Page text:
1. Rejections do get a little easier. After a few form rejections, they become a little less personal. And when you do get a rejection with a suggestion for improvement, it’s quite encouraging. Of course, some rejections are still painful, especially when it’s been with the editor for almost three months or it’s a form rejections on a requested manuscript. But it helps to think of each “no” as one step closer to “yes.”
2. Some days the words flow like magic. Other days it feels like writing my own name is an effort.
3. The best ideas come in the shower, the car, or in bed in the middle of the night. If they’re really good ideas, they’ll come back when you can actually sit down at the computer.
4. There are only two unbreakable rules for writers. Read a lot. Write a lot. (thanks Stephen King). Everything else is worth a try. Fast drafting, detailed outlining, color-coded sticky notes, writing the synopsis first, plot beats, hero’s journey, etc. All these are great places to start, but feel free to toss anything that doesn’t work.
5. No matter how many times you go through a manuscript, your editor will find face-slapping errors. Some are comical, some embarrassing, but most are fixable.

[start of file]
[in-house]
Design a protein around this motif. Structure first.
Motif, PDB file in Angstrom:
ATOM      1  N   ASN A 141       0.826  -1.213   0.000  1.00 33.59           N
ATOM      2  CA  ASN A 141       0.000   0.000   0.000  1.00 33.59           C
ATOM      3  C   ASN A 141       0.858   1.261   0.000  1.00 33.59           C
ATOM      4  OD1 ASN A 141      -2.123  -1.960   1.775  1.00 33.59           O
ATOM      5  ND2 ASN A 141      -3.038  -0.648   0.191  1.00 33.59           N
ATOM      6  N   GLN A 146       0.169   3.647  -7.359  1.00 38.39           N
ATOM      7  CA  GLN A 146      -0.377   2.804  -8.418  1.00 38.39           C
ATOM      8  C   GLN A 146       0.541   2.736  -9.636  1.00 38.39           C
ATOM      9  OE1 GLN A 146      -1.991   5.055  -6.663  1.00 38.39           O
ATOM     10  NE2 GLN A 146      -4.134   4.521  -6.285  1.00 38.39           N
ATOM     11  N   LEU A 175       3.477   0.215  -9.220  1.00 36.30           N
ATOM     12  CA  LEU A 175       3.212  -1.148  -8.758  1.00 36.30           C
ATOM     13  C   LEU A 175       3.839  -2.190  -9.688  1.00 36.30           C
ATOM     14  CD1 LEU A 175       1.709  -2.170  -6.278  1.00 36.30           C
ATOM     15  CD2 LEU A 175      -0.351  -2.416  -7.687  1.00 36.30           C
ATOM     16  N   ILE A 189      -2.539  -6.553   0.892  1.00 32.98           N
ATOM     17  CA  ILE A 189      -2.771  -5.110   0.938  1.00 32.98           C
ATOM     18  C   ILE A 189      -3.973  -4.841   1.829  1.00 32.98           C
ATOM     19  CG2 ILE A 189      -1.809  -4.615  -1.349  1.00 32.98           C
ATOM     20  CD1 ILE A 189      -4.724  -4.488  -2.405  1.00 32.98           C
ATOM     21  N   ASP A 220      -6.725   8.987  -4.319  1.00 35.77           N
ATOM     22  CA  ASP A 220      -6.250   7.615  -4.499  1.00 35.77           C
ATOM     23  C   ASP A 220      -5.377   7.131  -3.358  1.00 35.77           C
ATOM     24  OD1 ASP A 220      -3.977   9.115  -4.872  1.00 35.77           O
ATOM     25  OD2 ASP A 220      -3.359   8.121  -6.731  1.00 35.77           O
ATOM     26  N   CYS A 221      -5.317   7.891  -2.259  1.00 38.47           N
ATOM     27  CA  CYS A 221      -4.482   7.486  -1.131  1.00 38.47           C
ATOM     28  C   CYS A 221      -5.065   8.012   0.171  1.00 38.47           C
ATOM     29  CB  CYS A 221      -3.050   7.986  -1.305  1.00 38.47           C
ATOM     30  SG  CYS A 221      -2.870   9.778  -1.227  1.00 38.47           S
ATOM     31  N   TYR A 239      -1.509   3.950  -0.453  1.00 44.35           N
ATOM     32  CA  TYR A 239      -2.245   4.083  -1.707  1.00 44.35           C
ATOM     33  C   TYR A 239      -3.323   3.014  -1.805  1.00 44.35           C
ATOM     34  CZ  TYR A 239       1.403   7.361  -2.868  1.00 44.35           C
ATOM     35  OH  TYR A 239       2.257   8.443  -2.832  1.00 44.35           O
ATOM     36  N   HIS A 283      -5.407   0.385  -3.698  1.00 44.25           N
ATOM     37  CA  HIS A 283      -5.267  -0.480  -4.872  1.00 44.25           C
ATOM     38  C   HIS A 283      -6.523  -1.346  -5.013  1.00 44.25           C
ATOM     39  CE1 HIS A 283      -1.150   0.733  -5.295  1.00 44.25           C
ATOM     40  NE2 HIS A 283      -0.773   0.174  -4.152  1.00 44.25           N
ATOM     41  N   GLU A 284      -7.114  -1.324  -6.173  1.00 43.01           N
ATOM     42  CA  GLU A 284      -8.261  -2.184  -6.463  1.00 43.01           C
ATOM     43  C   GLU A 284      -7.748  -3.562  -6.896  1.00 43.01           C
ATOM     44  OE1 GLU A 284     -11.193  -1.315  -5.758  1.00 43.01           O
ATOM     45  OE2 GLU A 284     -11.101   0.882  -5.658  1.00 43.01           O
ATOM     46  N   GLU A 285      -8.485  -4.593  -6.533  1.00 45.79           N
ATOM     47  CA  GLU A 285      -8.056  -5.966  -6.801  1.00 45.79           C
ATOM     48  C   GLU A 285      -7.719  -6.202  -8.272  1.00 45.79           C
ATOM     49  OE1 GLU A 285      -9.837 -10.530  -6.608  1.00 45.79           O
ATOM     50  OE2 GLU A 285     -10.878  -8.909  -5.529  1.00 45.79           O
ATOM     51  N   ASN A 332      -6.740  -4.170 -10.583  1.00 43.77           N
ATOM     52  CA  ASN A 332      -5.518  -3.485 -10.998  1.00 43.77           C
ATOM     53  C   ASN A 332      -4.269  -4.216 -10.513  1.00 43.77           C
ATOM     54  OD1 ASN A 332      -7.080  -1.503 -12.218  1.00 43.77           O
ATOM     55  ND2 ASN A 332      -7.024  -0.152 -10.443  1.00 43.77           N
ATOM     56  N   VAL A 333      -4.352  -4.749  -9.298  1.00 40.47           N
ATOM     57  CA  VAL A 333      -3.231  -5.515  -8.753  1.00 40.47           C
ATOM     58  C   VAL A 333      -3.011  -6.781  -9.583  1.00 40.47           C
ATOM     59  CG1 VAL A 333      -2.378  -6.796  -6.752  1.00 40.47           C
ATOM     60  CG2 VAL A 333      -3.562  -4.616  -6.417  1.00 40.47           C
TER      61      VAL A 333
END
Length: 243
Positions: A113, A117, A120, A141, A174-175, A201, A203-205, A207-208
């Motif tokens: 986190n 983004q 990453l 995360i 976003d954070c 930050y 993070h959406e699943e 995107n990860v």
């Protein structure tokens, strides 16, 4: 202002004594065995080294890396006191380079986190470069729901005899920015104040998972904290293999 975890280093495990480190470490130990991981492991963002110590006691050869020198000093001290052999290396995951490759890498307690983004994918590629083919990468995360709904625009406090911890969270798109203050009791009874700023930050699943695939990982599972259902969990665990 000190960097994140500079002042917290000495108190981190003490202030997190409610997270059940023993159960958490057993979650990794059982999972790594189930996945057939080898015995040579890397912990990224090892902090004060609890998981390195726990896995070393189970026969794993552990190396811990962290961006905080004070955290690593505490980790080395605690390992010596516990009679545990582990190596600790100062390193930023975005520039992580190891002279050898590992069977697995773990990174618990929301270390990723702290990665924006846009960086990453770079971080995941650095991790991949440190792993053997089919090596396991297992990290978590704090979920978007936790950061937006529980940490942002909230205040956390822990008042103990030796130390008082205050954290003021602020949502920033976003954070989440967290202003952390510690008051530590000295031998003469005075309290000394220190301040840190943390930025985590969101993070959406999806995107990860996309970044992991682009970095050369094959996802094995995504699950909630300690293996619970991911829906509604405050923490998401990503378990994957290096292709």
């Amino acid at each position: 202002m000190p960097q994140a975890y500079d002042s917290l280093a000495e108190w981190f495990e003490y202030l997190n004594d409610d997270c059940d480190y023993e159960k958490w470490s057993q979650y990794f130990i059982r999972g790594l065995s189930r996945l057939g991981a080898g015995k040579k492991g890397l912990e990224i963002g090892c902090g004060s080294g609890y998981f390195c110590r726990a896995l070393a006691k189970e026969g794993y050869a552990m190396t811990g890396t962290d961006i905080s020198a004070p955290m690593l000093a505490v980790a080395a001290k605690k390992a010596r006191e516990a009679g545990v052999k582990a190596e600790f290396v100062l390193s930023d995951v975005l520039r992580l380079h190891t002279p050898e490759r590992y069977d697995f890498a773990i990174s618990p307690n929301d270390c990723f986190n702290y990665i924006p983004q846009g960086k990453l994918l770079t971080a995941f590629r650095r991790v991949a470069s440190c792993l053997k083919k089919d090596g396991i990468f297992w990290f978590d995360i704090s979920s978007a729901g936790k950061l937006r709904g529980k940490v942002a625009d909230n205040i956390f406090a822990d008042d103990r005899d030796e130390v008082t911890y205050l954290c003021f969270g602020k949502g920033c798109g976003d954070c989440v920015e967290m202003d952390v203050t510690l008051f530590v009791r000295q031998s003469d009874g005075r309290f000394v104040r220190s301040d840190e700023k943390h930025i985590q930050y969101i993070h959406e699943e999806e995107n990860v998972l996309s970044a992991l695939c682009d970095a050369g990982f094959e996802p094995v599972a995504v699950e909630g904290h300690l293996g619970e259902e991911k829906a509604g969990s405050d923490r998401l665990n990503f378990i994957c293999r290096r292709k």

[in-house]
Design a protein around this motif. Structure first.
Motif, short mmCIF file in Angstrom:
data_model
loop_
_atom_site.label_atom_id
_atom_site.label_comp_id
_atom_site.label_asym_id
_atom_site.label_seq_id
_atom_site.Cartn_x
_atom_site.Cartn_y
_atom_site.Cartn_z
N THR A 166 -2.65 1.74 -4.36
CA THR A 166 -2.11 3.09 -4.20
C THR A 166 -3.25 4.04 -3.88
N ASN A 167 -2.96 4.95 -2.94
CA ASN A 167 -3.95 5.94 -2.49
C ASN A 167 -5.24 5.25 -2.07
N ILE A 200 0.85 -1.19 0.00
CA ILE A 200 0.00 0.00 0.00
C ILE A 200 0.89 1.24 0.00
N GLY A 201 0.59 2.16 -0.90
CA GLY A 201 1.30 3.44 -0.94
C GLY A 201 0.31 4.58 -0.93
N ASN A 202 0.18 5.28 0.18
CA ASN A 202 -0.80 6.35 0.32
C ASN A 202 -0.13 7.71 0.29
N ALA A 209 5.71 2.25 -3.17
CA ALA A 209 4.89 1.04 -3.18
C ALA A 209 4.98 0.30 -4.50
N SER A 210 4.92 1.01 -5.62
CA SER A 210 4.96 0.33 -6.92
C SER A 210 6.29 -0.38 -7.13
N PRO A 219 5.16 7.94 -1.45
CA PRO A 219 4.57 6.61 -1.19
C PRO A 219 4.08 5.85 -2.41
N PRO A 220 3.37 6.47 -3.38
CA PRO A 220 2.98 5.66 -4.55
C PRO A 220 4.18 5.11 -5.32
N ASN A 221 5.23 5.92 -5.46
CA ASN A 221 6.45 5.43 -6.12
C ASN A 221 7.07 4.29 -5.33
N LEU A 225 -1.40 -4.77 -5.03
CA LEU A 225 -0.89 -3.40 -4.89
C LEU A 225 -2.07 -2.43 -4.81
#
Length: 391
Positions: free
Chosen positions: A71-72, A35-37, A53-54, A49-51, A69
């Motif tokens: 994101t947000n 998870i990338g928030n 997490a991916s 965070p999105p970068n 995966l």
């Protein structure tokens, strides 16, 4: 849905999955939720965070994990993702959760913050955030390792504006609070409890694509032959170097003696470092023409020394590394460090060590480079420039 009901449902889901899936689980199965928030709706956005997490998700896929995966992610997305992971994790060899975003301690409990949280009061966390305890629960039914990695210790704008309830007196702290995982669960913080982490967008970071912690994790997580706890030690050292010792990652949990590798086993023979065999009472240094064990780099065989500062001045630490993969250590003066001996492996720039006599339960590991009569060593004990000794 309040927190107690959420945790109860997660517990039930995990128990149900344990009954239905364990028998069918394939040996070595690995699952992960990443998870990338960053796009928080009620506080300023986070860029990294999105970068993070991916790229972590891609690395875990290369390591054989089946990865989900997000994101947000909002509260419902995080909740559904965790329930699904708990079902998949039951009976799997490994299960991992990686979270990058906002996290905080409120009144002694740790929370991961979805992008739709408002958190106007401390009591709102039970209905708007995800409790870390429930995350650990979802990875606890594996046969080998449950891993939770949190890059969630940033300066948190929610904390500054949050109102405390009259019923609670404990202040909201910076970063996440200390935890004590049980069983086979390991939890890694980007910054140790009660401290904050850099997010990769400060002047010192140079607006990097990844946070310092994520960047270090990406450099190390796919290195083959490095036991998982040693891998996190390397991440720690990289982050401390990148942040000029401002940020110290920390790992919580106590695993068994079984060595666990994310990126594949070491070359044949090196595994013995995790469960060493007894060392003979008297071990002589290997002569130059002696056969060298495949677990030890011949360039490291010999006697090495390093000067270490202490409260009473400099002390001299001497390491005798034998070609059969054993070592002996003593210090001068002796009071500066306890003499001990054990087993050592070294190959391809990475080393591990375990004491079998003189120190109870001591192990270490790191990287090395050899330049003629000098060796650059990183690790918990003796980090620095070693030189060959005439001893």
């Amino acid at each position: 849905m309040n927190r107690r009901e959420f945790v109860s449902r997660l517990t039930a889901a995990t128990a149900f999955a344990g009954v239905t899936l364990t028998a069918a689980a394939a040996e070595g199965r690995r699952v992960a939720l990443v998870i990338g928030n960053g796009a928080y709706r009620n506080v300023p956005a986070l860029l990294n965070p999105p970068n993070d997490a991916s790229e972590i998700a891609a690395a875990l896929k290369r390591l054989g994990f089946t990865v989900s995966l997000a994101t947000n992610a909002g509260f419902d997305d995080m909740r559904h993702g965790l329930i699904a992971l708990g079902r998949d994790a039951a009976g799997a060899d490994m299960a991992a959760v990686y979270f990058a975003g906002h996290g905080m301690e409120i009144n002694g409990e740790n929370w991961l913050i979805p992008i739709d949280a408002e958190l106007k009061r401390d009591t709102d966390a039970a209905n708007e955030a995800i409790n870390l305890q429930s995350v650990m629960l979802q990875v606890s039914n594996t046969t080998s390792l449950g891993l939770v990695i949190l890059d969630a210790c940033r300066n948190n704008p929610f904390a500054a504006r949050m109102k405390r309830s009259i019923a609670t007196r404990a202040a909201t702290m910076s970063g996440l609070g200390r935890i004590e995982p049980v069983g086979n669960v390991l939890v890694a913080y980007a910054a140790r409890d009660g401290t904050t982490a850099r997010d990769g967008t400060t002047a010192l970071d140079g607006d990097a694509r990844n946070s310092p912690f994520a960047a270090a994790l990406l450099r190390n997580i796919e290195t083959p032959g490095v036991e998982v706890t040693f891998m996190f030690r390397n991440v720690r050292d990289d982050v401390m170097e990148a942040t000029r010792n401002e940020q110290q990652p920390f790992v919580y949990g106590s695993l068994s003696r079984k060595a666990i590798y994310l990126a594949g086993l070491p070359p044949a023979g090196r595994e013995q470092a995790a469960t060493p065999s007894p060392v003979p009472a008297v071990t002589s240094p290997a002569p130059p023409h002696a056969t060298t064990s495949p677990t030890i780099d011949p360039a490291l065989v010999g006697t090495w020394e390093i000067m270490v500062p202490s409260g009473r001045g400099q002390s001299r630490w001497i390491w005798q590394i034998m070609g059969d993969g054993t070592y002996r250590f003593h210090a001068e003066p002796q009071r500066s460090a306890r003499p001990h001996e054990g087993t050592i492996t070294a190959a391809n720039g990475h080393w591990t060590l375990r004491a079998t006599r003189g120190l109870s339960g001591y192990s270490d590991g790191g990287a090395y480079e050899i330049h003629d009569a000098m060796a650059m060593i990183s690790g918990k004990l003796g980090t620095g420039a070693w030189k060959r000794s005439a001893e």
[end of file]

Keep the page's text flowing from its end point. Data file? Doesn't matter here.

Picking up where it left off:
6. Some things get easier, some are harder. Sometimes I long for the days when I didn’t catch myself mid-draft thinking about GMC, POV or scene vs. sequel. But then when I get stuck, I know what to look for.
7. No one really knows the secret to making a book a bestseller. Sure, there are things an author can do to help themselves, but there is no magic formula for making a sure-fire-instant-through-the-stratosphere-mega success. Believe me, I’ve looked.
8. It gets easier to talk about my book, both to friends and strangers alike. And the answer to “Oh, is it like 50 Shades?” is always, “I hope it sells like it.” 🙂
9. The romance writing community is incredibly supportive and helpful. I’ve learned so much from other authors and I haven’t met one yet, in person or online, who hasn’t been willing to offer advice on everything from how to get past writer’s block to how to get your Facebook and your Twitter feeds to connect.
10. No matter how supportive your family is, they will get frustrated with the amount of time you spend writing, updating your blog, connecting on social media, researching and just staring off into space trying to figure out how to get your characters to move forward. They still want dinner, clean socks and to spend time with you.